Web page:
5 Tips to Reduce Utility Knife Injuries

Last updated on March 3, 2021

The humble utility knife is irreplaceable in almost any home project. Please get to know the safety tips before using this tool. Read on!

When it comes to utility knives, you might think of “safe” and “knife” as mutually exclusive terms. But actually, safe and durable utility knives are used in a plethora of applications, from warehouses to grocery stores to scrapbooking, and just about everything in between.

For workers in many industries, utility knives are required hand tools of the trade. Just like their name suggests, utility knives are versatile, practical, and also portable. They’re often used to open cardboard boxes, cut raw materials, trim plastic, slice pallet wrap, smooth edges, and more. Household uses range from arts and crafts to DIY home projects.

But despite their usefulness, utility knives can also be extremely dangerous: lacerations are one of the most common workplace injuries. They are also, fortunately, one of the most preventable.

Here are five simple tips to reduce utility-knife injuries and use the tools safely.

What's Inside?

Choose the Right Tool for the Job

Utility knife

Utility knives come in many different shapes, sizes, and styles. Some are ideal for crafting while others are meant for industrial applications. There are blades designed specifically for cutting certain types of materials, such as corrugated packaging or plastic. There are even tools for those who need the strength and durability of a utility knife but are looking for a smaller handle offering more control in narrow spaces.

You wouldn’t use a chainsaw to cut wildflowers; similarly, not all utility knives are intended for all tasks. Some might be too much knife for a job, some might be not enough, and still others might just be the wrong tool altogether—and all can be dangerous.

Therefore, the first and most important safety tip is to choose the utility knife and blade that’s best for your purpose and project. It also bears mentioning that the converse is true. You should not use a utility knife for anything other than its intended purpose.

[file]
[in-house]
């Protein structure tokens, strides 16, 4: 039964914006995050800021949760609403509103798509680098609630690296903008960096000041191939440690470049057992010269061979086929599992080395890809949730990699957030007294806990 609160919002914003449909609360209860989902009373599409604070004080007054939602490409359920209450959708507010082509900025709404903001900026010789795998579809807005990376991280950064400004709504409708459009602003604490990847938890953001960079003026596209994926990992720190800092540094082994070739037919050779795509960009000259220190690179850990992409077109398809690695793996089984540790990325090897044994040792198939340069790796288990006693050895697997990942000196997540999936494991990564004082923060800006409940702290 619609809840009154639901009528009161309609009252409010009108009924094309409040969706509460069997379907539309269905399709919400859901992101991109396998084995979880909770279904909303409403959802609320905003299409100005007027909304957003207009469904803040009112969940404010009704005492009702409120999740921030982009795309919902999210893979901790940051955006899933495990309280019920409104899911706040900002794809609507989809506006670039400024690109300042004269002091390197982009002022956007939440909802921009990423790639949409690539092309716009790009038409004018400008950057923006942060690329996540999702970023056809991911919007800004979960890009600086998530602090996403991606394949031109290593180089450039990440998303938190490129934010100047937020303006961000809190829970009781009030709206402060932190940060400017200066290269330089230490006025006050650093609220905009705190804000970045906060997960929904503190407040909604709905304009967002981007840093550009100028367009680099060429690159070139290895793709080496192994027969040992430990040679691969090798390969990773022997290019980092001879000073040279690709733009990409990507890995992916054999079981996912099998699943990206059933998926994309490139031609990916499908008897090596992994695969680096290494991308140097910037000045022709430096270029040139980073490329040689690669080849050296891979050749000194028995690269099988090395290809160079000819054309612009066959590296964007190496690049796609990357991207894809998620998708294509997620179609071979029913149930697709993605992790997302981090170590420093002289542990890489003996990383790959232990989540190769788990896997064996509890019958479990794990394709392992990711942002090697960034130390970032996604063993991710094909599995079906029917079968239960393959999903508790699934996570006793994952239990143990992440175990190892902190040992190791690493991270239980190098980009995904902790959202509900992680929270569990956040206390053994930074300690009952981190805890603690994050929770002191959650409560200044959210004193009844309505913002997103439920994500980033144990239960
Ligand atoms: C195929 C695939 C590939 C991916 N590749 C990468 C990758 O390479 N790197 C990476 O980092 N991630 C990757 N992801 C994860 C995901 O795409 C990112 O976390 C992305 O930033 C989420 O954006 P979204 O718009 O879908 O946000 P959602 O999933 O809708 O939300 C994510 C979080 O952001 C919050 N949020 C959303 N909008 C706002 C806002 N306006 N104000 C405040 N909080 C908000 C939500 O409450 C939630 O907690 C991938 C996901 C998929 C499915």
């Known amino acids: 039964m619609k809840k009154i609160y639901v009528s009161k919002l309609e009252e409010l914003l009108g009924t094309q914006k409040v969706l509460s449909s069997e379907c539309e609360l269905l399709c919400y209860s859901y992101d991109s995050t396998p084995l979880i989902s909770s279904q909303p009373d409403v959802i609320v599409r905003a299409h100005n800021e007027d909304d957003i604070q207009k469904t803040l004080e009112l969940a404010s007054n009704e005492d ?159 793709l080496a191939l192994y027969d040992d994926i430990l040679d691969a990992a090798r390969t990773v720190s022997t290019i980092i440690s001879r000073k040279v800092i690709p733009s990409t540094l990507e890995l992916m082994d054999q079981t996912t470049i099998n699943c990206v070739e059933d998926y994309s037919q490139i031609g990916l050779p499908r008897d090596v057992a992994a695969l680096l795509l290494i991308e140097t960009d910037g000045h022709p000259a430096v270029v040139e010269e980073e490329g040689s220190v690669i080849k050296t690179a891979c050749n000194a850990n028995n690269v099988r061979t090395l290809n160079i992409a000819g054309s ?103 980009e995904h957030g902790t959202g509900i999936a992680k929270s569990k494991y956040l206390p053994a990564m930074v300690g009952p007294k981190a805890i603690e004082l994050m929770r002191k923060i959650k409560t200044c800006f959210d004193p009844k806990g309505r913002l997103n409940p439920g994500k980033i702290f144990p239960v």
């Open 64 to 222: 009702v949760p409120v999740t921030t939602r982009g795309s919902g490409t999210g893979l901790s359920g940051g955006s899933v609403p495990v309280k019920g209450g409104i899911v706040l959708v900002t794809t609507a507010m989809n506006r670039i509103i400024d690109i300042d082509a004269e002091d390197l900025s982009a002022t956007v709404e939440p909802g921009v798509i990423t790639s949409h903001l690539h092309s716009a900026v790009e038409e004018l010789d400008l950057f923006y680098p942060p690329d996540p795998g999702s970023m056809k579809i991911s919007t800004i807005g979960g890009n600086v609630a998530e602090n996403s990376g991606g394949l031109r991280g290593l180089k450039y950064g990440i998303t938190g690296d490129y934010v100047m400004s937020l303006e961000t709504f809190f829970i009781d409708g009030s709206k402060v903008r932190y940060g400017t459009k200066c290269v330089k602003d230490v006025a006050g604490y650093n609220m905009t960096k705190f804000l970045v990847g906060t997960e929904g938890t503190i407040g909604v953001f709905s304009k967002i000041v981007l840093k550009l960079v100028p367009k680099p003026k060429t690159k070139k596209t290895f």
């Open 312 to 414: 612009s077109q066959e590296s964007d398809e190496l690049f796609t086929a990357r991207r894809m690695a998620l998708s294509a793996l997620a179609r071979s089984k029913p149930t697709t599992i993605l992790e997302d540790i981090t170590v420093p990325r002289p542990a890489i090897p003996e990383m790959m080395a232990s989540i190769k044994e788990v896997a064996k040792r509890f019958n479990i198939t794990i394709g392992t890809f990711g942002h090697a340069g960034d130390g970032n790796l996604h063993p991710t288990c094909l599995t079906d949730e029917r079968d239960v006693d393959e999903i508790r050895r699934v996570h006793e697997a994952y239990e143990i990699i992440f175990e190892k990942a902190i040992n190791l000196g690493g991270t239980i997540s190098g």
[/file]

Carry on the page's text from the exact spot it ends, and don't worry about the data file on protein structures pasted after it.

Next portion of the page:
Choose a Safe, Quality Knife

Next, consider safety features. Not all utility knives are created equal. Some manufacturers have invested heavily in technology and materials, in an effort to create cutting tools that are specifically designed to make clean and precise cuts but to still keep you safe. Look for utility knives with smart-retracting blade controls, folding handles, ergonomic options, and finger-friendly blades. A safer blade changes the whole picture and there’s really nothing better you can do for safety than to buy a safer blade.

For box cutter-type utility knives, look for a tool that minimizes blade exposure, thereby reducing the risk of injury. For others, choose a utility knife with a blade that can make a clean cut in one pass, and which also reduces blade exposure and the potential for injury.

You probably won’t find these safety features and durable materials on a box cutter from the dollar store, so this is one case where it’s worth investing more in return for quality and safety. 

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Wear Adequate Personal Protective Equipment

gloves

Depending on the utility knife, cutting material, and the work environment, personal protective equipment can help to prevent lacerations, cuts, and other injuries when using a utility knife.

Cut-resistant safety gloves and protective eyewear are the most common safety equipment to help defend against utility knife injuries.

Store Your Tools Appropriately

Hanging Tools

Another way to easily avoid accidental cuts from a utility knife is to put it away safely. Dispose of used blades in a safe and appropriate puncture-resistant container.

If the blade can retract, make sure it does before storage. If it has a cap or guard, make sure it’s securely attached. Store it in a safe, clearly identified place. Never toss a utility knife into a drawer—or hand it to another person—with the blade extended. It goes without saying that you should never throw a tool with a blade, or try to catch one if it’s falling.

And when you take a utility knife out of storage, inspect it before using again. Be sure the blade is intact, and positioned the right way in the handle. Always follow the manufacturer’s instructions with regard to storage and replacing blades. 

Handle with Care

This might seem like a no-brainer, but think about it: Even a “safer” smart-retracting utility knife is only safer in the hands of someone who knows how it works and uses it properly

Don’t forget that ultimately, a utility knife is still a blade designed for cutting. To avoid injury with a utility knife, read the instructions and warnings carefully, handle them with caution and respect, and always keep these safety tips in mind.

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